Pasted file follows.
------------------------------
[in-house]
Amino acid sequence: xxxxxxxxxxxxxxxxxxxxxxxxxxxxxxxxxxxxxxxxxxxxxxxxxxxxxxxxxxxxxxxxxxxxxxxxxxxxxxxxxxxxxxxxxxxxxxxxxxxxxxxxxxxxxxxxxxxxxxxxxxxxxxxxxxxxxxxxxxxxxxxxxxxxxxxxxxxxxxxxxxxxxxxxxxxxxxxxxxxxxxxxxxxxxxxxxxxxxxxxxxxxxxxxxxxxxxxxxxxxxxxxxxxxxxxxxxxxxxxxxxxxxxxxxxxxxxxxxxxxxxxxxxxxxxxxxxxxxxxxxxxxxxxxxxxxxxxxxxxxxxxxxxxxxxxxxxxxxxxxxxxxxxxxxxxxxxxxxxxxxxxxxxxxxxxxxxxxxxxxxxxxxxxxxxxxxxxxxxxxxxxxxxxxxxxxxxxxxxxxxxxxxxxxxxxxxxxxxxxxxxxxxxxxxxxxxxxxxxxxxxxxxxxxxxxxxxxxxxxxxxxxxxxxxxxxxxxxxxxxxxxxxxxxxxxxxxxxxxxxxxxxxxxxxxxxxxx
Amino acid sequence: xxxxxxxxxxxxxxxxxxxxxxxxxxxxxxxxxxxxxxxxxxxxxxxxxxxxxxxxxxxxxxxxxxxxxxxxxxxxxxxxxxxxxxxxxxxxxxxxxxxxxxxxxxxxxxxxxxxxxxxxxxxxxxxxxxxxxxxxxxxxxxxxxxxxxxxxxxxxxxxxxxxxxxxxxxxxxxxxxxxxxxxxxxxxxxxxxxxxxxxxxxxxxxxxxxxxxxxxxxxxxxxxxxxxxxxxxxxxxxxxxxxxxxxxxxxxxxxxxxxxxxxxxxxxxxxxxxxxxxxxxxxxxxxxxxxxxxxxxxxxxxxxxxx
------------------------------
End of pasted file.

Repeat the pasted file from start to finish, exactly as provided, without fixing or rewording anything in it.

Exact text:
[in-house]
Amino acid sequence: xxxxxxxxxxxxxxxxxxxxxxxxxxxxxxxxxxxxxxxxxxxxxxxxxxxxxxxxxxxxxxxxxxxxxxxxxxxxxxxxxxxxxxxxxxxxxxxxxxxxxxxxxxxxxxxxxxxxxxxxxxxxxxxxxxxxxxxxxxxxxxxxxxxxxxxxxxxxxxxxxxxxxxxxxxxxxxxxxxxxxxxxxxxxxxxxxxxxxxxxxxxxxxxxxxxxxxxxxxxxxxxxxxxxxxxxxxxxxxxxxxxxxxxxxxxxxxxxxxxxxxxxxxxxxxxxxxxxxxxxxxxxxxxxxxxxxxxxxxxxxxxxxxxxxxxxxxxxxxxxxxxxxxxxxxxxxxxxxxxxxxxxxxxxxxxxxxxxxxxxxxxxxxxxxxxxxxxxxxxxxxxxxxxxxxxxxxxxxxxxxxxxxxxxxxxxxxxxxxxxxxxxxxxxxxxxxxxxxxxxxxxxxxxxxxxxxxxxxxxxxxxxxxxxxxxxxxxxxxxxxxxxxxxxxxxxxxxxxxxxxxxxxxxxxxxxxxx
Amino acid sequence: xxxxxxxxxxxxxxxxxxxxxxxxxxxxxxxxxxxxxxxxxxxxxxxxxxxxxxxxxxxxxxxxxxxxxxxxxxxxxxxxxxxxxxxxxxxxxxxxxxxxxxxxxxxxxxxxxxxxxxxxxxxxxxxxxxxxxxxxxxxxxxxxxxxxxxxxxxxxxxxxxxxxxxxxxxxxxxxxxxxxxxxxxxxxxxxxxxxxxxxxxxxxxxxxxxxxxxxxxxxxxxxxxxxxxxxxxxxxxxxxxxxxxxxxxxxxxxxxxxxxxxxxxxxxxxxxxxxxxxxxxxxxxxxxxxxxxxxxxxxxxxxxxxx